I am the mother of 3 girls. When I first heard I was having a girl, I didn’t envision pink ribbons and curls. I’m more the purple streaks and funky hats type of girl, myself. I never quite felt like I fit or really knew where to belong. Growing up, I was always told that if I wanted to support my expensive taste I would need to marry a doctor or lawyer. No one ever told me I could be one. I was determined to empower my girls to be whoever they wanted to be. I think we all strive to do just a little bit better than the generation before us. For me, that meant giving my children choices I never had myself. While I have fond memories of Barbie, Cabbage Patch Kids and Strawberry Shortcake, I didn’t want to streamline my own daughter into any specific stereotypes.I made an extra effort to buy our oldest daughter Tonka trucks, Hot Wheels and boy dolls to balance out the Disney princess, Barbie dolls and fancy hairpieces everyone else threw her direction. Stacia didn’t turn out to be a tomboy, but she isn’t a girly girl either. She landed somewhere in the middle. Mission accomplished. Stacia has a style all her own—a little funky, sometimes wannabe punk with interests ranging from baking to motocross. Her latest fashion craze was mismatched holiday socks (but only if the holiday wasn’t any time soon). She reminds me a lot of myself, actually—which is probably why it’s a struggle to get along. My 2nd daughter came along and had all the same choices. Her life included attending her older sister’s soccer games and a ride-on motorcycle mixed with frilly clothes and a dress-up trunk. She couldn’t have cared less about trucks and hasn’t voluntarily worn a pair of pants in 4 years. Brenia announced at age 2 that she absolutely must have dresses because “princesses do not wear pants” and no amount of Aladdin-viewing would change her mind. This is the child who randomly appears in our scrapbooks wearing fairy wings or giant faux pearls and wears a skirt to go camping. On the other hand, our youngest is the son we never had. Except, remember I have 3 girls? She has always been fascinated with trains and trucks. I can bribe her at the grocery store with a $.97 Hot Wheels car and have perfect behavior (sometimes). Her fashion phases run to colors. One year, she would only wear green. It didn’t matter what it was so long as it had green on it. However, a tomboy she is not. Her color of choice this year? Pink—in every shade imaginable. She enjoys frilly dresses. She loves princess movies. Lorelai will don a tiara and heels to ride her Thomas the Tank Engine around the house.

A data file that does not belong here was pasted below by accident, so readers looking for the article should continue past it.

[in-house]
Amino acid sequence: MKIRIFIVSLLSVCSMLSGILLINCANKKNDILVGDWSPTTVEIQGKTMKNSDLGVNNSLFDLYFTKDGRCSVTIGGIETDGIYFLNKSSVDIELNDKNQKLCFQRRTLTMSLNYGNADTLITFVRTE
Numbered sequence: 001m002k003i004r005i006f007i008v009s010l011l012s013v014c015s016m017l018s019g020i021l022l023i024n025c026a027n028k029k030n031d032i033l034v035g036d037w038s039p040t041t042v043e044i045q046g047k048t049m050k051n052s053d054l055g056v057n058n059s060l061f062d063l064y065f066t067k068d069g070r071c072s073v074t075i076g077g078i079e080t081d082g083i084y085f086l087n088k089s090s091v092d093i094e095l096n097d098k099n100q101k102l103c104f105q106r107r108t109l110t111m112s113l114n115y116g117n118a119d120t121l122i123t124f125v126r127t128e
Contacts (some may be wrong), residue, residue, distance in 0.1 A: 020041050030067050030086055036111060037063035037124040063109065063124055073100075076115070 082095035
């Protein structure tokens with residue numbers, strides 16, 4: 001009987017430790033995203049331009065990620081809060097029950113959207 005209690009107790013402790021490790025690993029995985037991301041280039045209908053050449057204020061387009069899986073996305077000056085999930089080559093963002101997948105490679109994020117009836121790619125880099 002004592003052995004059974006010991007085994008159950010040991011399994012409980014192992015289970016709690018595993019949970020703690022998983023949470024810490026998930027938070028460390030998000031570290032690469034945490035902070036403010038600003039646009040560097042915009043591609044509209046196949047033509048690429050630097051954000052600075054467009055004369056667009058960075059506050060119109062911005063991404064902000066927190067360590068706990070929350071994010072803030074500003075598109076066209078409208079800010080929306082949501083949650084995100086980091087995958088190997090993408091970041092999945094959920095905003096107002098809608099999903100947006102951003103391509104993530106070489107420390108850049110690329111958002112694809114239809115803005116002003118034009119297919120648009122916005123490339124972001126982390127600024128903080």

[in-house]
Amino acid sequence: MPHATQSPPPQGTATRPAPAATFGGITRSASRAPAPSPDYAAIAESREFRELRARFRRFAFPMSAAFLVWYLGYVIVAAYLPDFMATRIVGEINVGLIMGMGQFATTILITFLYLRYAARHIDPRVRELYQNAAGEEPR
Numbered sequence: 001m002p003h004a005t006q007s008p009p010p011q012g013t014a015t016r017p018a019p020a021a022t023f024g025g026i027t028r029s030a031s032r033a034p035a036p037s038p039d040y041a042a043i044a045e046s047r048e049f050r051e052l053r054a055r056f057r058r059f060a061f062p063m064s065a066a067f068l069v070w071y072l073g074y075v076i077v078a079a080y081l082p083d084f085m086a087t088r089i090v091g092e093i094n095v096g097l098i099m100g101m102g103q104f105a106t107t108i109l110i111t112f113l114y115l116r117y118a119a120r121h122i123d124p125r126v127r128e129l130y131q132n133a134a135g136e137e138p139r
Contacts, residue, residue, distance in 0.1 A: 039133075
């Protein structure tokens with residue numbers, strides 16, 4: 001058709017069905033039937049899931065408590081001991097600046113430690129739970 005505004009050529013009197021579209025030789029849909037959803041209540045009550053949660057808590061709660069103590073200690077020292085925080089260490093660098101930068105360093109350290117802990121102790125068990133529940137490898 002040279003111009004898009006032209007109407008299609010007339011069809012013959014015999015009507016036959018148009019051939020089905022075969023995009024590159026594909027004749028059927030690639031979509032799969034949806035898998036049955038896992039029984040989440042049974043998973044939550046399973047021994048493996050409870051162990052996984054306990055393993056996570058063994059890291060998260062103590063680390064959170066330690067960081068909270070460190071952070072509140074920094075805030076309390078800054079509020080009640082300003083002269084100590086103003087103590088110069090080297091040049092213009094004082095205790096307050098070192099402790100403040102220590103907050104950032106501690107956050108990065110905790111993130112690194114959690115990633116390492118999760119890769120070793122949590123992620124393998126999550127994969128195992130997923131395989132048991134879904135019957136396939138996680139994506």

I think the choices they’ve been given have left them free to become who they are. Each of my girls comes with a style all her own. They have personalities that run the spectrum. Their interests are varied and plentiful. All three of them are just as happy with snakes as kittens. These girls enjoy trucks as much as ballet and often dig in the dirt with their fresh manicures. Our summer of fun has included all of those, so far.
The event that best showcased the lack of gender lines in our house was Touch-A-Truck. We went specifically for my two biggest truck fans—Lorelai and my nephew—but Brenia had just as much fun. Of course, the highlight for her was running into a school friend. Lorelai loved it all and buckled herself into each of the drivers’ seats. Levi’s favorite part was touching a “big wheel,” followed closely by the “firefrucks” and “woo-woos” (otherwise known as police vehicles) both featured in my new favorite home video: